In another well-known passage in the story of the Fall, God informs Eve that her husband shall exert authority over her (Gen. 3:16).

  • The wondrous personal confrontation of Adam and Eve is turned into an ugly attempt at depersonalization. Adam of today wants to appear as master-hero and to subject Eve to his rule and dominion, be it ideological, religious, economic, or political. The Divine curse addressed to Eve after she sinned, and he shall rule over you, has found fulfillment in our modern society. The warm personal relationship between two individuals has been supplanted by a formal subject-object relationship, which manifests itself in a quest for power and supremacy. [2]

I would add that the subjection of women described by the Rav is not necessarily a new phenomenon as the Rav thought it was. Men have been using the biblical text to justify the institution of patriarchy for thousands of years. The exploitation of women in much of the Islamic and Ultra-Orthodox world today reflects a social reality that derives its inspiration from Genesis.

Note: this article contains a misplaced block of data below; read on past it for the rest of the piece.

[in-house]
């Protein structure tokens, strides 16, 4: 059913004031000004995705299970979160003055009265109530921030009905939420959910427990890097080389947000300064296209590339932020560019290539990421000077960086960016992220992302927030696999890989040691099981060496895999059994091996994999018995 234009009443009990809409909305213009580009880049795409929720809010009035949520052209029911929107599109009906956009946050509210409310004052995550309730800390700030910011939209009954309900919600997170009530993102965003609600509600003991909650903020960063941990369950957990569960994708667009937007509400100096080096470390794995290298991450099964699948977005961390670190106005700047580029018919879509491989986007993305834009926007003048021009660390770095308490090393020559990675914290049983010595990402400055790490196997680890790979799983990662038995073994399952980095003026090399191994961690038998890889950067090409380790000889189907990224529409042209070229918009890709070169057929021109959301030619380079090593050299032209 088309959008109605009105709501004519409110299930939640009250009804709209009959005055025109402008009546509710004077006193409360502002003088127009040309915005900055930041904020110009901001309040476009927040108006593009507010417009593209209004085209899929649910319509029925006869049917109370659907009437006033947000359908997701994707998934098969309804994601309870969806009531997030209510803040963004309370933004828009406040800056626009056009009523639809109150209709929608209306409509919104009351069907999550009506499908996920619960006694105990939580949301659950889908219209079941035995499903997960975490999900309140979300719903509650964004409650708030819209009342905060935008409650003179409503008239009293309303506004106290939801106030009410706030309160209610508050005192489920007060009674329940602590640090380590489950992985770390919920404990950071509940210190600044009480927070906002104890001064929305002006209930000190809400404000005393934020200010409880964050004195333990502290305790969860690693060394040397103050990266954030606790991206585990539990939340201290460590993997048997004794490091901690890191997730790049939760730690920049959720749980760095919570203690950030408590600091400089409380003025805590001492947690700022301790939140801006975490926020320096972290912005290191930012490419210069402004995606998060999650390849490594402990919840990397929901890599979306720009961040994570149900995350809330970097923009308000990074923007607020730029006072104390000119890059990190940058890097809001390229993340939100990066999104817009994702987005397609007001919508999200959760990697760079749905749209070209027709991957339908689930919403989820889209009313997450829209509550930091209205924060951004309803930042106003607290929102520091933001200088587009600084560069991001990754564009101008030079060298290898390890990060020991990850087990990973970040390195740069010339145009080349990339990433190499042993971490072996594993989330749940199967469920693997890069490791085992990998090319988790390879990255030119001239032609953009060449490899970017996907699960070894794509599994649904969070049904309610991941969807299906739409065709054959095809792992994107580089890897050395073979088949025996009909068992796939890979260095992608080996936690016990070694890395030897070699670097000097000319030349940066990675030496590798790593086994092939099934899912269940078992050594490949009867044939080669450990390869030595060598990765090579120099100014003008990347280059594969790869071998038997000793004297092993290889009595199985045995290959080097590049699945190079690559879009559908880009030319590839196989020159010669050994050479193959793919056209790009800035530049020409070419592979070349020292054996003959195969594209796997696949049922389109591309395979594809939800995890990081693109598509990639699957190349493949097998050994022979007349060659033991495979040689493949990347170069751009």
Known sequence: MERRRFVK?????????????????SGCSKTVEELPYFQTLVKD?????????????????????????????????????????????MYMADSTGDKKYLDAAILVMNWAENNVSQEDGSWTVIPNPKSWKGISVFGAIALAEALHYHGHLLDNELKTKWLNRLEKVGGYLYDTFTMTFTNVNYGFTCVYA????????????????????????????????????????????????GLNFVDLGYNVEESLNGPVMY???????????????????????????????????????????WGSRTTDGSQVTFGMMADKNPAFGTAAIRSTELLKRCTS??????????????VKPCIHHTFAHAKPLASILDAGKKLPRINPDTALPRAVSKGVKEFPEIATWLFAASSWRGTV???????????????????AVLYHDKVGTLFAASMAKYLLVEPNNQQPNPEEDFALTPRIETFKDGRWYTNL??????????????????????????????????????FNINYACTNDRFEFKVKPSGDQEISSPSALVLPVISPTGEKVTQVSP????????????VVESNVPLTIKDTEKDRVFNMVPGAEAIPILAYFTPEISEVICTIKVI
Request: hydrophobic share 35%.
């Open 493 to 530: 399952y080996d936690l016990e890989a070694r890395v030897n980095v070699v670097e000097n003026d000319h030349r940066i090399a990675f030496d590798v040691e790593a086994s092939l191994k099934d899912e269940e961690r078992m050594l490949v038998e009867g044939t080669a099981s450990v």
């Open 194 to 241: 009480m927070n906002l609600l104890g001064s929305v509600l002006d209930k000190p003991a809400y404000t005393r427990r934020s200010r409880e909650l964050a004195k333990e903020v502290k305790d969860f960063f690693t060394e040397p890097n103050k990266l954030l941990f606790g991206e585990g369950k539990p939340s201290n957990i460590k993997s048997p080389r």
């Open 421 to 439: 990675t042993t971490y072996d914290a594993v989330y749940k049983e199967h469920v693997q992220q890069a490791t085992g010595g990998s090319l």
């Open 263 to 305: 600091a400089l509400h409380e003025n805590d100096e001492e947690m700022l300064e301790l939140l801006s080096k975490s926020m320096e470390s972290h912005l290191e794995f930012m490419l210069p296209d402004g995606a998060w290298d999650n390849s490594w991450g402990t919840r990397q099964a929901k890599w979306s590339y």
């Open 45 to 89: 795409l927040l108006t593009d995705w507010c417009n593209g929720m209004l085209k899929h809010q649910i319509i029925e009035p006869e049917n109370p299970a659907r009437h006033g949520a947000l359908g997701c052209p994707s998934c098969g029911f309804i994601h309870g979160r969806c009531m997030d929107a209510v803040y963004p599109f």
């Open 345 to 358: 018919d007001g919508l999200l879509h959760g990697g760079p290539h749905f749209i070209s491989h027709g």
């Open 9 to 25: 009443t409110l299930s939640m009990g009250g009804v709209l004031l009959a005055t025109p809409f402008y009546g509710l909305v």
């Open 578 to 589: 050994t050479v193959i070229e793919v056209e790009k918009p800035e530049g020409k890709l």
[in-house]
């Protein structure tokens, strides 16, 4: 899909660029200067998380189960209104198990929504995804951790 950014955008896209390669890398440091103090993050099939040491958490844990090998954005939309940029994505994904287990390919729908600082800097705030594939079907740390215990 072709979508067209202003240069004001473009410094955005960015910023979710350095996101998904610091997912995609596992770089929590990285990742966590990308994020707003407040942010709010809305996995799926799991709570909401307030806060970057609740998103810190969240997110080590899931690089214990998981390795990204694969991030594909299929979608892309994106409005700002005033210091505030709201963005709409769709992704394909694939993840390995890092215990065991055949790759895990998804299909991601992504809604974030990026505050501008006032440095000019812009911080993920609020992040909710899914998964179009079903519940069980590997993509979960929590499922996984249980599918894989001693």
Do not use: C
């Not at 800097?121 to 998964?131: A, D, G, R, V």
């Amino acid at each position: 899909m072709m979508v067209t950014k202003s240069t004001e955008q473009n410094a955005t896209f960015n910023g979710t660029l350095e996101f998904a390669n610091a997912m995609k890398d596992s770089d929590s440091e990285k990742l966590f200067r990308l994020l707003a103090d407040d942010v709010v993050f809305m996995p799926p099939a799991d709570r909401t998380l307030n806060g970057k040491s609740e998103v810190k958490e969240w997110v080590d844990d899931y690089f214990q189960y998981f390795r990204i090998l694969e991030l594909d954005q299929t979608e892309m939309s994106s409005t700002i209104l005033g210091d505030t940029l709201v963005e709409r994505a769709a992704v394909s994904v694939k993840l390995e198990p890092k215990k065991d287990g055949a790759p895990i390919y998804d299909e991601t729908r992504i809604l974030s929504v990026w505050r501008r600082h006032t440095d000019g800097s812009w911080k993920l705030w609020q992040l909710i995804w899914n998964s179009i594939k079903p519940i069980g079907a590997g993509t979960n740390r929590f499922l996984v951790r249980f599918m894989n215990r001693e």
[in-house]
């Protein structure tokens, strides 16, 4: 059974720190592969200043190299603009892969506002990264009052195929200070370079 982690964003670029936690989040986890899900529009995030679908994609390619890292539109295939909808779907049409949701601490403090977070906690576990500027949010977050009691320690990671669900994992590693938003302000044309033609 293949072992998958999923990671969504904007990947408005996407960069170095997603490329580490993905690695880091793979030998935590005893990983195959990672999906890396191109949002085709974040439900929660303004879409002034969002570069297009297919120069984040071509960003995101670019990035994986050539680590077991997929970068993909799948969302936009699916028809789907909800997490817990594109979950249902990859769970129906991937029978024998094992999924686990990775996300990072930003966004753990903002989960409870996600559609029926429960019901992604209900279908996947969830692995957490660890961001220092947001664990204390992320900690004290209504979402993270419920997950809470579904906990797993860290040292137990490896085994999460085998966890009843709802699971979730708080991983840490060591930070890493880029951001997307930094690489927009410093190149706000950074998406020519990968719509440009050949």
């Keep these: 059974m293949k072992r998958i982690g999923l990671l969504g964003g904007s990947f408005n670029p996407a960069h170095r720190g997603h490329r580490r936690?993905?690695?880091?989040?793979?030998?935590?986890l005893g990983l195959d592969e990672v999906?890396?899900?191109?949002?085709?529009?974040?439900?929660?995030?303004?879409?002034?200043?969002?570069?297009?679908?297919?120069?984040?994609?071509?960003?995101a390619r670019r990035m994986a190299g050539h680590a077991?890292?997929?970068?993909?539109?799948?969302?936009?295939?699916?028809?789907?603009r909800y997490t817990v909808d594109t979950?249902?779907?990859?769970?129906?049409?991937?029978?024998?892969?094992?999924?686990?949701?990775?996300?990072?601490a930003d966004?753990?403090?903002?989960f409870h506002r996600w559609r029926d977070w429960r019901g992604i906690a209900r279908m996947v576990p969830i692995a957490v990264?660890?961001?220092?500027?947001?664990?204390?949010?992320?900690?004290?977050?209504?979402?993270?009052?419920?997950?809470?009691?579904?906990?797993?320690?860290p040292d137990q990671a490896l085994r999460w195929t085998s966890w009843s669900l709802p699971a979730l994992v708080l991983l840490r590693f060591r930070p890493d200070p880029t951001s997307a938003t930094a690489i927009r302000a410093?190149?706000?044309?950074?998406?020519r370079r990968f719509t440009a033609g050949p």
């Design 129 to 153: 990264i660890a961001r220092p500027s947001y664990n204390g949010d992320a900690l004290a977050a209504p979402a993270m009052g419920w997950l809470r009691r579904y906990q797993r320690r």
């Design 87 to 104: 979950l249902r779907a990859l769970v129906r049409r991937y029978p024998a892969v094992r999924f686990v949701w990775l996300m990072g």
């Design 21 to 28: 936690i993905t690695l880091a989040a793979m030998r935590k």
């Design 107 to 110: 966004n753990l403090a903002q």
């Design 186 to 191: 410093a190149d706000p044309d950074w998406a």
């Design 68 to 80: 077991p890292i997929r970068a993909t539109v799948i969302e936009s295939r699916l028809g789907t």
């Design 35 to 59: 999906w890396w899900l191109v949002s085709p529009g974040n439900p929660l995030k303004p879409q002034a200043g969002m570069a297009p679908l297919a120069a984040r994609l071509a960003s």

While most married Orthodox women cover their hair, the Rav’s wife did not. The Rav respected his wife’s choice to embrace a post-Genesis social reality where women would never have to show their inferior social status ever again.

After Abram’s debacle in Egypt, the Rav explains why Abram returned to the place where he had dedicated his original altar (Gen. 13:4).  The Rav explains:

A Hasidic Atheist?!

Generation X. You gotta love ’em. That’s my son’s generation. He grew up in a Haredi and Hasidic home with an overbearing step-father; and now he is an agnostic, in search of his own spiritual identity. Like Jacob, Moshe struggles with God. I am proud of the fact that he refuses the pat answers of religious zealots.